Though Newbury Port was a great little port city and we’d only gotten a small taste of Mass, we were itching to leave the “neighborhood” and get out of the cold winds. Time to settle for a while, off to Portland, ME.

Thankfully, we had scheduled a five-day stop in Portland, ME. We’d rented a small apartment in South Portland which would allow us to a break from camping and give us time to do some necessary chores and explore a city we’ve wanted to visit for some time.

Portland, ME, is a fun city with tons food from local farms and, more obvious, the Atlantic. They also have an excellent beer scene, which I was eager to check out. Some of the breweries we hit up were Allagash Brewing Co., Oxbow’s Brewing and Blending, and Bissell Brothers Brewing. We also thoroughly enjoyed Novare Res Bier Cafe which had an awesome variety of beers from just about everywhere. Our favorite stop in Portland was a restaurant called Fore Street, absolutely amazing food! Their menu is constantly changing as they receive the freshest ingredients from local farms daily and even have their own foragers combing the Maine countryside for those hard to farm specialties. Crystal and I are still talking about Fore weeks later, I’d highly recommend this to anyone visiting.

A first for me in Portland was the lobster roll. Never really had one, nor had I much interest in them either. I had a recommendation to check out J’s Oyster (thanks, Josh!), which is right on the docks where the local boats bring in the day’s catch. Nothing special about J’s, really just a small local dive, but the lobster roll was delicious. A local patron of the place, a bit tipsy, quickly labeled Crystal and I as “hipsters” and suggested we should try some LSD. “It’ll change your whole perspective on life.” Great tip, but I think our trip for the time being is going to enlighten us enough, don't need the addition LSD just a lobster roll!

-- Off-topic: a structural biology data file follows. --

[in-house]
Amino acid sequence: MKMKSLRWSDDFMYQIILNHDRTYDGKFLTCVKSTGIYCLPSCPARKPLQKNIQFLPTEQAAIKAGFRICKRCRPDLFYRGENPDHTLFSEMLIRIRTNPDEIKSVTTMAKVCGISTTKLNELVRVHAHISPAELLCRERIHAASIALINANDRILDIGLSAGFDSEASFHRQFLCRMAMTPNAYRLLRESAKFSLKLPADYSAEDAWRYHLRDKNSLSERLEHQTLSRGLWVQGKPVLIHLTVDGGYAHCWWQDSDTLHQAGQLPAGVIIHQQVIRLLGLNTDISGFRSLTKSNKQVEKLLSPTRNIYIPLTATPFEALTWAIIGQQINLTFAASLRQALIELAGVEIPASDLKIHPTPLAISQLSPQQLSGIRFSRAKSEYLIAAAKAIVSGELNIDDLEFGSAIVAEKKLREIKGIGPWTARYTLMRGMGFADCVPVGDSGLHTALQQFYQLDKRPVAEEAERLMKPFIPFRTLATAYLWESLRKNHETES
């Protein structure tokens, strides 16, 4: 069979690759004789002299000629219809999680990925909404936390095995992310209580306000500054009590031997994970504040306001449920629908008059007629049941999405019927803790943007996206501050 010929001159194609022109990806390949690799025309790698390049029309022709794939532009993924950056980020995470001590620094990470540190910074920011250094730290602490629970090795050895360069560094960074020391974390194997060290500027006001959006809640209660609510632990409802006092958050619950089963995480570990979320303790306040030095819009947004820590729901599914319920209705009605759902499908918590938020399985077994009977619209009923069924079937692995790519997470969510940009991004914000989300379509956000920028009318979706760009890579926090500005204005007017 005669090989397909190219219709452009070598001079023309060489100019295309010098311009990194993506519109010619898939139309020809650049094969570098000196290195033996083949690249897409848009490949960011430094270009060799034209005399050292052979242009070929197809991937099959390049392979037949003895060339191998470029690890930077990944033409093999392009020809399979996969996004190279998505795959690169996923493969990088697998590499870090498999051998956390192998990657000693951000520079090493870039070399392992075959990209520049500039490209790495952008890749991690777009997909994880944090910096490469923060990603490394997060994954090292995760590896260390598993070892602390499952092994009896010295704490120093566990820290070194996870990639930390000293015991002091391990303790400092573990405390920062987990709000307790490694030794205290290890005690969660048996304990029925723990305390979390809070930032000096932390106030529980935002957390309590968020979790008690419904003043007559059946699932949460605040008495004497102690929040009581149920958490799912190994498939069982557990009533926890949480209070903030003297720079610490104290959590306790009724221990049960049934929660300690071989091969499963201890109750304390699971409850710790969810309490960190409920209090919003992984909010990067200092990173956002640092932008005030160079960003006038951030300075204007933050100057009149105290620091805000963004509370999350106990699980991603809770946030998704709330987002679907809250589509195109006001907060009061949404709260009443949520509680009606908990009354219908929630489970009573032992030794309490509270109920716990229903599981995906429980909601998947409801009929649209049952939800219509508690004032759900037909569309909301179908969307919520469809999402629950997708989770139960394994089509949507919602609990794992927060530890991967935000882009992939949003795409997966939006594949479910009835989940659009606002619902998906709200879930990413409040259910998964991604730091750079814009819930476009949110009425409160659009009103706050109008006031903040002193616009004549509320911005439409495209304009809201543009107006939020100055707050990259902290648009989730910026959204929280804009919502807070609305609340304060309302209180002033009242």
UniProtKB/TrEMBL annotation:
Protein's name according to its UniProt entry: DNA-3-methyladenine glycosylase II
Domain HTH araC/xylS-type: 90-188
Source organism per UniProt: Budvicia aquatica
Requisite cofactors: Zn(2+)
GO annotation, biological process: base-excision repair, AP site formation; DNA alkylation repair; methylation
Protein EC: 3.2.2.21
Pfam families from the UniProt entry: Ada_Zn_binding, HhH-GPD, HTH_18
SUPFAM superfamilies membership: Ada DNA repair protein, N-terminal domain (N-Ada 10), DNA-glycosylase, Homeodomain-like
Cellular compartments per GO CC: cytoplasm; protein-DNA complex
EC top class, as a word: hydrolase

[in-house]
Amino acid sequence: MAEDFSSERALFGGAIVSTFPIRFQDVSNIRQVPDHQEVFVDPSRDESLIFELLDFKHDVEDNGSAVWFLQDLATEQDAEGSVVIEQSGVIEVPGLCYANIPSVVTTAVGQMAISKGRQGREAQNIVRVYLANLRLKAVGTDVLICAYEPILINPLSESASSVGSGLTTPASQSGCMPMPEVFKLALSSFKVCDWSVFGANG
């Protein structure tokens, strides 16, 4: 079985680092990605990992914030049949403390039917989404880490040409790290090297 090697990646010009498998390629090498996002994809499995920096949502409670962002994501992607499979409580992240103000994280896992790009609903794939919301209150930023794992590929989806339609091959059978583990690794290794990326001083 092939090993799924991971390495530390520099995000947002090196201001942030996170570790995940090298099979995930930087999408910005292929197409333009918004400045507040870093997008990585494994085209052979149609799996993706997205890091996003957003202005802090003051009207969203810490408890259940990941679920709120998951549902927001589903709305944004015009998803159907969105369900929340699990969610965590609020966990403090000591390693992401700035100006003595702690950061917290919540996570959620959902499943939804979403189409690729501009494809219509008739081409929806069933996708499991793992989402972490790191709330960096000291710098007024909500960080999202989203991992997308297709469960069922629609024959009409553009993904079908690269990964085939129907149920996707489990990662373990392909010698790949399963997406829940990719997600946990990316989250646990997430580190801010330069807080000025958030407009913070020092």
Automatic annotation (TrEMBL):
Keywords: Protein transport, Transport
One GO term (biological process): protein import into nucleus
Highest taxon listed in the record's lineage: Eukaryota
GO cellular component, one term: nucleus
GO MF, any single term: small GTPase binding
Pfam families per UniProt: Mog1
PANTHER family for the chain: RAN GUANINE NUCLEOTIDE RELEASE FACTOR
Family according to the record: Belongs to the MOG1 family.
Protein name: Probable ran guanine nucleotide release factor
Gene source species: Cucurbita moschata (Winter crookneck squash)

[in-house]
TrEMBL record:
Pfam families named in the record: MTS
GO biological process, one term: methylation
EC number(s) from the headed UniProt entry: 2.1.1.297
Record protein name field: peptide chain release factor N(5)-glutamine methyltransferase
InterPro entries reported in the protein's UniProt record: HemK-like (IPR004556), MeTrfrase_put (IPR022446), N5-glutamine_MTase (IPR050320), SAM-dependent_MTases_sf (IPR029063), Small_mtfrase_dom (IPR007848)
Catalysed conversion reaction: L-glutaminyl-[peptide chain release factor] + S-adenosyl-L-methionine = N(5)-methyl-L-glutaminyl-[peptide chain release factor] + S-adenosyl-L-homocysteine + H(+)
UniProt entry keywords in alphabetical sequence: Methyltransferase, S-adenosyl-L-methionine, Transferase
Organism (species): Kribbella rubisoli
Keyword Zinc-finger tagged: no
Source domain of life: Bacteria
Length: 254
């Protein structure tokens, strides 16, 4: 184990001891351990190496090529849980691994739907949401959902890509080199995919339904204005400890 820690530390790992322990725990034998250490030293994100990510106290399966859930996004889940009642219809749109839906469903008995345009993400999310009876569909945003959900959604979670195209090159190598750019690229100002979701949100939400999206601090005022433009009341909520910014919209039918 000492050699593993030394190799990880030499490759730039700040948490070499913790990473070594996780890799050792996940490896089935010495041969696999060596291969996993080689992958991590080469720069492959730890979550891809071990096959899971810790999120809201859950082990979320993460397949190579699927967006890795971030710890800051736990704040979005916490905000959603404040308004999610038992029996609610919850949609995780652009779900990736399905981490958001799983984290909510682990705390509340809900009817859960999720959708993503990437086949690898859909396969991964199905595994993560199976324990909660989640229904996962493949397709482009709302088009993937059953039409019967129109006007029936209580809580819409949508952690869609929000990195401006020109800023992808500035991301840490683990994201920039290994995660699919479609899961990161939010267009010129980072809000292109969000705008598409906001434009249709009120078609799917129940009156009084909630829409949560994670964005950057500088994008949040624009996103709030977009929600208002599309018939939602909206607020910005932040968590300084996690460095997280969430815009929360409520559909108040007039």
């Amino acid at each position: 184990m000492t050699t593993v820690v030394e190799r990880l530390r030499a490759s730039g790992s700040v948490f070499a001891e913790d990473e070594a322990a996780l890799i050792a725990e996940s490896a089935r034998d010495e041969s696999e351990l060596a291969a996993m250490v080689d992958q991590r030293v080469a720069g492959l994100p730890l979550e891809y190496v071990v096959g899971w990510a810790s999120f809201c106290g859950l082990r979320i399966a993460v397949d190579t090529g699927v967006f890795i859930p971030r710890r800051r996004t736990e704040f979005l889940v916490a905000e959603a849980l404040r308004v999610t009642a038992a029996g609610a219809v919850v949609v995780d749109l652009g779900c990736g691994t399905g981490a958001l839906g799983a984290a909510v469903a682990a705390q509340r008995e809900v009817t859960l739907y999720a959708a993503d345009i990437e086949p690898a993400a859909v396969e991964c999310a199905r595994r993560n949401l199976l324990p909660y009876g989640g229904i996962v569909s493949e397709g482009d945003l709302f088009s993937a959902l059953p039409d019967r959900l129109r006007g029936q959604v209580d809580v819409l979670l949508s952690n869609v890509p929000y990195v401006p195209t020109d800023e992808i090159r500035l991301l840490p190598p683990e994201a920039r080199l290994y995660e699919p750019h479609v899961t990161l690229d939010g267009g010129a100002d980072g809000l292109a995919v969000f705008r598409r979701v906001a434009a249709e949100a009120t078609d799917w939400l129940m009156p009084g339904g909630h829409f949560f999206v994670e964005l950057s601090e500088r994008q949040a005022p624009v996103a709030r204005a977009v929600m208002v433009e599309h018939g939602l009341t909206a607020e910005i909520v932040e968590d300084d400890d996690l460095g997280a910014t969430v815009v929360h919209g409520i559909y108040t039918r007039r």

As for the “celebrity” we were toting around (yes, Hudson still smelt of skunk, in case you were wondering), Portland was super dog friendly and had two great dog parks Hudson thought were amazing. Leashless, wild, mucking around on trails, through creeks, swimming in ponds and wrecking havoc on a beach were his favorite part of Portland. His least favorite part, but certainly one of ours, was “Skunkson” receiving a thorough bath from a groomer. Though he didn’t know it, this bath increased his status of celebrity.


[I apologize for not having photographic evidence of our stays in Mass. and Portland, for some reason I just wasn’t “feeling it”. I also don’t like to look like one of those tourist who isn’t taking in the sites because my face is glued to a camera or phone. Sometimes it best to experience it all without those modern devices.]

After recharging and getting our fill of city life, Crystal and I were ready to sleep under the trees and stars once again. Next stop, Acadia National Park and I promise there's photographic evidence of this stop.

   

New Hampshire and the White Mountains

So, with Hudson smelling like a mix fresh burnt rubber and grease (skunk), we made our way eastward toward White Mountain National Forest in New Hampshire. We’d located a "first come first serve" campground within the NF, Russell’s Pond, tucked several miles from the interstate and close to a 1000’ up. We got settled in, explored the pond and campgrounds, made dinner and finished by a warm campfire.